Babatunde Olatunji Biography, Life, Interesting Facts
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Early Life And Education
Babatunde Olatunji was born 7th April 1927, in Lagos State, Nigeria. He was born in a village called Ajido. As a member of the Yoruba people, Babatunde Olatunji learned traditional African music from a very young age.
When he was in his early 20s, Babatunde Olatunji found out about Rotary International’s scholarship program. He immediately applied and was accepted. He went to Morehouse College in Atlanta, Georgia, in the US.
After graduating from Morehouse College, Babatunde Olatunji enrolled at New York University. He was studying public administration and began a percussion group on the side to earn money while he studied.
Babatunde Olatunji had to abandon his studies due to lack of finances, but the music was playing a larger and larger place in his life. He began to perform concerts, and his percussion group also played at civil rights rallies which were a predominant civilian issue at the time.
He returned to Africa in the late 1950s to attend the All African People’s Conference. Babatunde Olatunji had ambitions of becoming a diplomat, but at the conference, the leader of Ghana, Kwame Nkrumah, asked Olatunji to become a devotee of teaching African culture to the world.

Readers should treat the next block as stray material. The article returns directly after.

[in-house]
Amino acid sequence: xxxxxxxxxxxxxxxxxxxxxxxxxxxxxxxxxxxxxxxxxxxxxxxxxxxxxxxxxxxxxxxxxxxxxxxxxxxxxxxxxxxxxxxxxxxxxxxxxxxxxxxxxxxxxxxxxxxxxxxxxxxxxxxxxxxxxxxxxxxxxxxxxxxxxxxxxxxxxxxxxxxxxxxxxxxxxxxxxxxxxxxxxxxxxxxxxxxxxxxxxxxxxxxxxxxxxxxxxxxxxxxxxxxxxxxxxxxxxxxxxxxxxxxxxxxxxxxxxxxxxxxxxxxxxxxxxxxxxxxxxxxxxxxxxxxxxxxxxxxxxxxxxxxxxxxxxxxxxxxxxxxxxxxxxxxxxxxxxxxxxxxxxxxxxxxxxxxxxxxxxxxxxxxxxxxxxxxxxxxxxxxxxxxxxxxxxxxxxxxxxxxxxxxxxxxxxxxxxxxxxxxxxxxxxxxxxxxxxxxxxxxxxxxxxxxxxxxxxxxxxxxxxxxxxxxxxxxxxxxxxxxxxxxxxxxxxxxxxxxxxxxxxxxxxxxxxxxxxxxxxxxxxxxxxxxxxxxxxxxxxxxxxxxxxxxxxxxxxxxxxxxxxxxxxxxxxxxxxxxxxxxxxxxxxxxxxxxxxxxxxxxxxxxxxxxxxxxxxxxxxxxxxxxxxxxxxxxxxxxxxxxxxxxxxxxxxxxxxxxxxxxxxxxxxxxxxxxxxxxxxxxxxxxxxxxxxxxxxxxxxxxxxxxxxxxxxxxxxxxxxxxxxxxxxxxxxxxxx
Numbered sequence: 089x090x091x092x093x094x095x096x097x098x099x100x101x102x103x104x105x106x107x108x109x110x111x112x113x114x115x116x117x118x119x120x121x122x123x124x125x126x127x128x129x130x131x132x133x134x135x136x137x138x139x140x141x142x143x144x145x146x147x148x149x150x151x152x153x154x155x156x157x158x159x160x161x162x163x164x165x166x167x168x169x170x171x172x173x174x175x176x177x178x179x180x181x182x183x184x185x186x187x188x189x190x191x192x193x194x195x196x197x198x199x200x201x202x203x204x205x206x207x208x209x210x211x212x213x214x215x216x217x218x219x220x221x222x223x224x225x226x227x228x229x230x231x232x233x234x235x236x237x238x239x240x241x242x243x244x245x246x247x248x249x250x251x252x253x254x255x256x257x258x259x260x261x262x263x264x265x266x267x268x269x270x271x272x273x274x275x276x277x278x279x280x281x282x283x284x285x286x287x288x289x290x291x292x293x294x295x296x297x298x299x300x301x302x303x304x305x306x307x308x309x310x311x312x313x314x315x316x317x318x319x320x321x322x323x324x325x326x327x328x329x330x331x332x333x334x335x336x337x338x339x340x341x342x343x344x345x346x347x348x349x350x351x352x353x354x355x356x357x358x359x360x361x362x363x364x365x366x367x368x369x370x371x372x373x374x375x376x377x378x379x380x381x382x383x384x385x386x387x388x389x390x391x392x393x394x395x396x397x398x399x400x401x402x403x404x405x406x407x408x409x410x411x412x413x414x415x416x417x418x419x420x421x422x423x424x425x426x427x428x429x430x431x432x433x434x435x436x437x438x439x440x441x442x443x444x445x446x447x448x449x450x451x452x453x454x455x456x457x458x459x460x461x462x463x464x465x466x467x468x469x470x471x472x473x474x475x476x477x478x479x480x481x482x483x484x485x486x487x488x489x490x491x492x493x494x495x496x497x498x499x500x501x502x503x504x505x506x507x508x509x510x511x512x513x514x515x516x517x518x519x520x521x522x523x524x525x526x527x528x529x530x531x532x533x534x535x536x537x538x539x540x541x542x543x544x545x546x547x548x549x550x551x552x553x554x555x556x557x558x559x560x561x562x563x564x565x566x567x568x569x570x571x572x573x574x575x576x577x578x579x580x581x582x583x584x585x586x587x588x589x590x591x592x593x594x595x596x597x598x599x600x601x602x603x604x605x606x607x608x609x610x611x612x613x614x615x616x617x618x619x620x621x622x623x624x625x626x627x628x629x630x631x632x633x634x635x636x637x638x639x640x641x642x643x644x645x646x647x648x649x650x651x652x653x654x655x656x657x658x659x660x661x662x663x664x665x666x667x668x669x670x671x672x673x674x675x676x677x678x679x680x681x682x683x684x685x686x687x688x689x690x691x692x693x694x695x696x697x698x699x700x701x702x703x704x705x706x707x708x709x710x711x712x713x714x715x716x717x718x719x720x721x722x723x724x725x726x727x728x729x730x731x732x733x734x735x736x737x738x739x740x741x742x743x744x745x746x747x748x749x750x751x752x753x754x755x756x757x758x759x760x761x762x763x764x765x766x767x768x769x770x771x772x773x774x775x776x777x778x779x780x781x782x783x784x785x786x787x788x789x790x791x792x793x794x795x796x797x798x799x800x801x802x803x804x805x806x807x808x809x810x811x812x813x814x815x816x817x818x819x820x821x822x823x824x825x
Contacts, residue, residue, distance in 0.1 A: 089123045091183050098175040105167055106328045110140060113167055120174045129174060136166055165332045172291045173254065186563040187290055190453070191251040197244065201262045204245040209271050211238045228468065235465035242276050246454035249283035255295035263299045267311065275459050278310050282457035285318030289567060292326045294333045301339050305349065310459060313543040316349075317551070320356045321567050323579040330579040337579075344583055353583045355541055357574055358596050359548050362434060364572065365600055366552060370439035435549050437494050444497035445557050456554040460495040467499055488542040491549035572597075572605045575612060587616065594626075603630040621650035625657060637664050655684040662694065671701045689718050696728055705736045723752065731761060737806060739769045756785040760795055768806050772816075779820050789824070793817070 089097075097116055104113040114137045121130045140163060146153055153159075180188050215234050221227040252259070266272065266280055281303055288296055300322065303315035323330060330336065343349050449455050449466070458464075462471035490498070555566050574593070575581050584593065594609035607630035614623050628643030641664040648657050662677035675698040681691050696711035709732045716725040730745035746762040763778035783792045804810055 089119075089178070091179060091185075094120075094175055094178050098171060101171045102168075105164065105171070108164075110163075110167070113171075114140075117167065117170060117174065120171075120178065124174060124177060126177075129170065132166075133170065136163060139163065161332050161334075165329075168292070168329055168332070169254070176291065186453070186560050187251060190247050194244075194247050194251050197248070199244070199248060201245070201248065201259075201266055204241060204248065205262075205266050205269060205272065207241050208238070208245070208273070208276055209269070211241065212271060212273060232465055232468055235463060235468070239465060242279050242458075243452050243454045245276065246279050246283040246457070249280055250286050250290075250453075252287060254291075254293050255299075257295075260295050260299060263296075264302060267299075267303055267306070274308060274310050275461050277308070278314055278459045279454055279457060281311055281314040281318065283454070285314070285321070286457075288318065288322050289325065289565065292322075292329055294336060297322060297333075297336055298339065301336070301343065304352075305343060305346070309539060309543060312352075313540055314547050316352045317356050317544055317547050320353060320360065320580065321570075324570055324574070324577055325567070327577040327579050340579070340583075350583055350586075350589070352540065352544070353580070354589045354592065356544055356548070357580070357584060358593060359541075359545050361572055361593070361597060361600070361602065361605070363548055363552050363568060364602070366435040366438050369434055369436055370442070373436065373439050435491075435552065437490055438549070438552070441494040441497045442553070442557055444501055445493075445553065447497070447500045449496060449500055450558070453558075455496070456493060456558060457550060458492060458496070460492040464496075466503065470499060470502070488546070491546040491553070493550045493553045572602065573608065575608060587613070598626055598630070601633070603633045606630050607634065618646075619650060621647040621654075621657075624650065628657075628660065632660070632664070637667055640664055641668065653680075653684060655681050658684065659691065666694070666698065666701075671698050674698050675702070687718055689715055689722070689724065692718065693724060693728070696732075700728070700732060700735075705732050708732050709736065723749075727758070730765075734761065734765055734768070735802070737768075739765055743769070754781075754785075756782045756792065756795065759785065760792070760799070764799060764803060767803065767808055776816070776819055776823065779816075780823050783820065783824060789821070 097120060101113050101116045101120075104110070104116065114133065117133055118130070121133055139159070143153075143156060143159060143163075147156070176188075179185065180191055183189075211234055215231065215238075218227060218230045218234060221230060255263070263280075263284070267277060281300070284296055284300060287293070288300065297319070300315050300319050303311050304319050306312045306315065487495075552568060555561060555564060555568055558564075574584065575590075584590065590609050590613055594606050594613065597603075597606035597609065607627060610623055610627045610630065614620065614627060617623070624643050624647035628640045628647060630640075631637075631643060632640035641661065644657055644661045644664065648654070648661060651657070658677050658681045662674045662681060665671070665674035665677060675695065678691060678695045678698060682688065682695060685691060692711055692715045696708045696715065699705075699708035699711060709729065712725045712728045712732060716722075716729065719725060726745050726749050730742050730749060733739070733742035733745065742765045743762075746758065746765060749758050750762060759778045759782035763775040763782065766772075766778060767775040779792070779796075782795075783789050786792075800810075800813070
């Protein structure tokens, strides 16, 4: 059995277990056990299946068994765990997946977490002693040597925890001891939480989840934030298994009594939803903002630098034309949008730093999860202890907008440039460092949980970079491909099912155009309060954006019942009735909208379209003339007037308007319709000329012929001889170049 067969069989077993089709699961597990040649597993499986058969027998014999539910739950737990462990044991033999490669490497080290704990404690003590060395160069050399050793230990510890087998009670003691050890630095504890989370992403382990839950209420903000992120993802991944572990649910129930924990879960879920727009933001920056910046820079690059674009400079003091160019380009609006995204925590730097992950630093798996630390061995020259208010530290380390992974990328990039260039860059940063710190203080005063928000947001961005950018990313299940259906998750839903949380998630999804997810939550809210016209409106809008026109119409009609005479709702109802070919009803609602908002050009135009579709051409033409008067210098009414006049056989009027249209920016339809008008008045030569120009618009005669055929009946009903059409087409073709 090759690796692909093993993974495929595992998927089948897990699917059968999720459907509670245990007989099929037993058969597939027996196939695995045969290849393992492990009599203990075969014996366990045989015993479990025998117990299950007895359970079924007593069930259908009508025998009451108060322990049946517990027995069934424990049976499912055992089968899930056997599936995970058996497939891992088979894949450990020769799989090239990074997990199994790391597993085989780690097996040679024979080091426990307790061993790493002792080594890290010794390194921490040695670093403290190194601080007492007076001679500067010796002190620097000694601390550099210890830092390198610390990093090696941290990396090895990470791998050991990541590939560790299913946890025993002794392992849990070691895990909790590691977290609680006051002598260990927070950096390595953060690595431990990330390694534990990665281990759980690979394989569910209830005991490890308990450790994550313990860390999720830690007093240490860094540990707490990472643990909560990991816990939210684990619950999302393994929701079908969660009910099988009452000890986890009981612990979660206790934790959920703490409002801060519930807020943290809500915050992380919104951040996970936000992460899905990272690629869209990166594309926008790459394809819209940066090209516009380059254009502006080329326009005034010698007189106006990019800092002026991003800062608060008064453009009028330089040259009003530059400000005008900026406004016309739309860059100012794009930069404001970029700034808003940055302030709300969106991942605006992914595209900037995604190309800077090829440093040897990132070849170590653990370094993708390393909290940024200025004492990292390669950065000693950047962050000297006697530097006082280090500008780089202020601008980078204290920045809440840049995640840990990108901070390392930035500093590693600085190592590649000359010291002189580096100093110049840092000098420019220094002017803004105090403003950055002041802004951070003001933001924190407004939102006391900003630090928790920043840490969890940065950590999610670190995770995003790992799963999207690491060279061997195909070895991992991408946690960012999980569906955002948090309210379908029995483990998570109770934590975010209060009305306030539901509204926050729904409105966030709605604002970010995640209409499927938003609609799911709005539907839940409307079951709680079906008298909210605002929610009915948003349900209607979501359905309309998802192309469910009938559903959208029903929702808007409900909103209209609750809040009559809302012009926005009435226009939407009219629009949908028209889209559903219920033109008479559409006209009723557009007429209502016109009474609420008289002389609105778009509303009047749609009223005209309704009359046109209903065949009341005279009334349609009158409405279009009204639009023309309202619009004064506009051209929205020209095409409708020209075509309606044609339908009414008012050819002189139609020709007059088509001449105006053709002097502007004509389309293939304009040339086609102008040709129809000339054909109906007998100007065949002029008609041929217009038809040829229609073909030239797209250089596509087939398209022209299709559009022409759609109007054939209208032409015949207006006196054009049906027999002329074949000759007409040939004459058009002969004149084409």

Later that same year, Olatunji took a job as a drummer in a dance production called African Fantasy. He was seen by John Hammond, who was a talent scout for Columbia Records A&R. He was signed to Columbia in 1957, and the first of his albums was released two years later.
Babatunde Olatunji soon became very well-known amongst jazz musicians and collaborated and performed with many artists, including Pee Wee Ellis, Stevie Wonder, and John Coltrane.
As well as making his albums, Babatunde Olatunji also composed music for a Broadway production, and a Hollywood movie.
Babatunde Olatunji was politically active, and before each live performance, he would make a speech for social justice. He was with Martin Luther King Jr when the former marched to Washington.
He was also a talented music teacher, and in the late 1950s, Babatunde Olatunji started teaching drum and dance workshops. His workshops were presented not only in the US, but around the world, at colleges, universities, and for cultural and government organizations.
Between 1959 and 2005, Babatunde Olatunji released 17 albums and four videos.
His autobiography, The Beat of My Drum: An Autobiography, was released in 2005, with a foreword by Joan Baez.
Babatunde Olatunji married Amy Bush, and they had four children, two sons, and two daughters.
Babatunde Olatunji established the Olatunji Center for African Culture in Harlem.